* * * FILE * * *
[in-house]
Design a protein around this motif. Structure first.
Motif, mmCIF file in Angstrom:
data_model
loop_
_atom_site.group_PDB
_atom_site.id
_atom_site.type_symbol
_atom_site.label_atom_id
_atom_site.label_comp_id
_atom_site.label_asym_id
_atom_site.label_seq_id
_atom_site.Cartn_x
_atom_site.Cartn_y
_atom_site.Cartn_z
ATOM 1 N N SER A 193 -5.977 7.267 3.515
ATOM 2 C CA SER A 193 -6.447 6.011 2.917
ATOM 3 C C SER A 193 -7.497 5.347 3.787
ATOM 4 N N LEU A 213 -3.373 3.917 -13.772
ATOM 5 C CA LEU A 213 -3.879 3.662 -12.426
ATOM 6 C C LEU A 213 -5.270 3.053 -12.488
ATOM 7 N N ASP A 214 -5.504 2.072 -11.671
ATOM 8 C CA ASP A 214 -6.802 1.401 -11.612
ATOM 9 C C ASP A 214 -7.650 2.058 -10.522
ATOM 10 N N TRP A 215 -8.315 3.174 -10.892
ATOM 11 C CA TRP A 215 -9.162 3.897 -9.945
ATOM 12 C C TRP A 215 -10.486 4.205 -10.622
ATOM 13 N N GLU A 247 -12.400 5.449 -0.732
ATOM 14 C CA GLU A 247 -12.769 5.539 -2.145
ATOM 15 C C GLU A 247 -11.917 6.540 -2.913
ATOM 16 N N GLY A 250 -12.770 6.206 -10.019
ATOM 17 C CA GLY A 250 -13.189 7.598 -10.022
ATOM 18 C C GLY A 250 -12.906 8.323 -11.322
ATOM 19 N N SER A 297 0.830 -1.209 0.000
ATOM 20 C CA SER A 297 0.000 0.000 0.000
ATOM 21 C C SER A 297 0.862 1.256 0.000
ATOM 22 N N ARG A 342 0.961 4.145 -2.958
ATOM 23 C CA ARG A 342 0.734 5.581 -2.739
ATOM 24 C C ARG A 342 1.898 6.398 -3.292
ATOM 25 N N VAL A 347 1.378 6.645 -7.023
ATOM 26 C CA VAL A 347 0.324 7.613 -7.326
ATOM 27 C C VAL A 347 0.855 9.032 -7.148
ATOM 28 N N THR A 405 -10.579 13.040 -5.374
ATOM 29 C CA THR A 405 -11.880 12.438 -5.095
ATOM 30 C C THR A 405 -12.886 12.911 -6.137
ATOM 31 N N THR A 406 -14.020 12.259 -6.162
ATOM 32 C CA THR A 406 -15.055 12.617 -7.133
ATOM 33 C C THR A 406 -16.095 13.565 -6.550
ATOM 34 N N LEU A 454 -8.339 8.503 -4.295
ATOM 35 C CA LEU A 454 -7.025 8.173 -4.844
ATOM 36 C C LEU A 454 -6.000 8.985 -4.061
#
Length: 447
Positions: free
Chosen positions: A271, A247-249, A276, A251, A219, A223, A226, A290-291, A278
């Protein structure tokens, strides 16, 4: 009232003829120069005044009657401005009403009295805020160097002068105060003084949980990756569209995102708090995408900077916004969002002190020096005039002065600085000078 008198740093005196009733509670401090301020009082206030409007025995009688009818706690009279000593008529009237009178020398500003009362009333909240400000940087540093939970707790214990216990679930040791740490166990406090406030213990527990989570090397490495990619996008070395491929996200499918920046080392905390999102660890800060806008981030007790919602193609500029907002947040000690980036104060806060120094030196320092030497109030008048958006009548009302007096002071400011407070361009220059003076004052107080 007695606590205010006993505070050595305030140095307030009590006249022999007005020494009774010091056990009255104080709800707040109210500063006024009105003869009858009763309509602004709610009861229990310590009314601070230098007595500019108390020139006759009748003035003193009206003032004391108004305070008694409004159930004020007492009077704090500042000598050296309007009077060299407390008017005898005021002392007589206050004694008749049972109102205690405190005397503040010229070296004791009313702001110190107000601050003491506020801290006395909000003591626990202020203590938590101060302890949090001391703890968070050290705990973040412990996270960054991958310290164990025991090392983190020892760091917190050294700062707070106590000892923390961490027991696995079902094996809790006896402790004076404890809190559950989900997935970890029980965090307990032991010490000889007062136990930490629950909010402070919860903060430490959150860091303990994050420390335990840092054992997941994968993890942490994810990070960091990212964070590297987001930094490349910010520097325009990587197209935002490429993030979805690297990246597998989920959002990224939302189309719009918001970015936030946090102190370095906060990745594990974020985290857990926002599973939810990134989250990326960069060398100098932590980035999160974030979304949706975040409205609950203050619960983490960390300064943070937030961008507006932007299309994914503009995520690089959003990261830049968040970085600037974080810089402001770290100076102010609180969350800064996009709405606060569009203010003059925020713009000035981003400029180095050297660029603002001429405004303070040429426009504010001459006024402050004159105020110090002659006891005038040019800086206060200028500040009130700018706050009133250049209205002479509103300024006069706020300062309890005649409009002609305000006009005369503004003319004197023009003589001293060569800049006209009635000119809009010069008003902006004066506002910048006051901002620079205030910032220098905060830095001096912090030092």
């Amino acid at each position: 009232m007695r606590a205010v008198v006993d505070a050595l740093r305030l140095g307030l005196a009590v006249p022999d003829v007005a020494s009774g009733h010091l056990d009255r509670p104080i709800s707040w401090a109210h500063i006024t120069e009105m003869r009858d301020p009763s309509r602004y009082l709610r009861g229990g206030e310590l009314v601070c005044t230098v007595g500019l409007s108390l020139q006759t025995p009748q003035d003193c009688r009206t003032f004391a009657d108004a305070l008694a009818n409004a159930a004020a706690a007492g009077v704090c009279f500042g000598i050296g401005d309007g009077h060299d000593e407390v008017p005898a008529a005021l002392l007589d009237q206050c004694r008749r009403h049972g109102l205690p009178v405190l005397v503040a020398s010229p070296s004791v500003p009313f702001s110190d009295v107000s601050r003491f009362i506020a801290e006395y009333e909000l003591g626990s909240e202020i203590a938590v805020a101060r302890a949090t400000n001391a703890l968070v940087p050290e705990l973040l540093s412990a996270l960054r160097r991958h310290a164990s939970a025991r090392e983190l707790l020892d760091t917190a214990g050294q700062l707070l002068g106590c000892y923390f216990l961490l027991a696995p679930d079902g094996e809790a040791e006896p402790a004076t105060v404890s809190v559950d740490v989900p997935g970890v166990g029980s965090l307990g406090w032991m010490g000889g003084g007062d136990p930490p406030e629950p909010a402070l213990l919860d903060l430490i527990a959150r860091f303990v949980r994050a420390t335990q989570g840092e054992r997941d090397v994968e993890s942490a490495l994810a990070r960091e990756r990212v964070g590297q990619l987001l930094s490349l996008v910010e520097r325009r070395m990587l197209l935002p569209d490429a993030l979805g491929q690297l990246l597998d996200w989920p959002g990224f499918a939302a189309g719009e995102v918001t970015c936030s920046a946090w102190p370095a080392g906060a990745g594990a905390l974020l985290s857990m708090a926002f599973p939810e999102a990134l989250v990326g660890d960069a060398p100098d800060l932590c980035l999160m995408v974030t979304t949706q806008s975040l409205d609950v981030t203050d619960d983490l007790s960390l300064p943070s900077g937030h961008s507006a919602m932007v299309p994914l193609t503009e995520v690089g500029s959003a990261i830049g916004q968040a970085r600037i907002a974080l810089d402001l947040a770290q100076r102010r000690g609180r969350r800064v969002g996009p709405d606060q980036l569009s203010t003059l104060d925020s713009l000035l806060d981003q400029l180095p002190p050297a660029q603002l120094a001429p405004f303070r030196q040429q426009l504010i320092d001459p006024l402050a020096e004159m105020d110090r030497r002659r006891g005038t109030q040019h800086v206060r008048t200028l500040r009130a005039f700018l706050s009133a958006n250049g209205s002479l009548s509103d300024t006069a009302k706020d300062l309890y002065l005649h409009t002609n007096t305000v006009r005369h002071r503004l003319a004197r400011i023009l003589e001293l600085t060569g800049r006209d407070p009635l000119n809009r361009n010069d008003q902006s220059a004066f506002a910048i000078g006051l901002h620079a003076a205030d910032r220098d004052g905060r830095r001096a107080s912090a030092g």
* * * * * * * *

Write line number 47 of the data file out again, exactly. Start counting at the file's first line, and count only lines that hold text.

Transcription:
ATOM 32 C CA THR A 406 -15.055 12.617 -7.133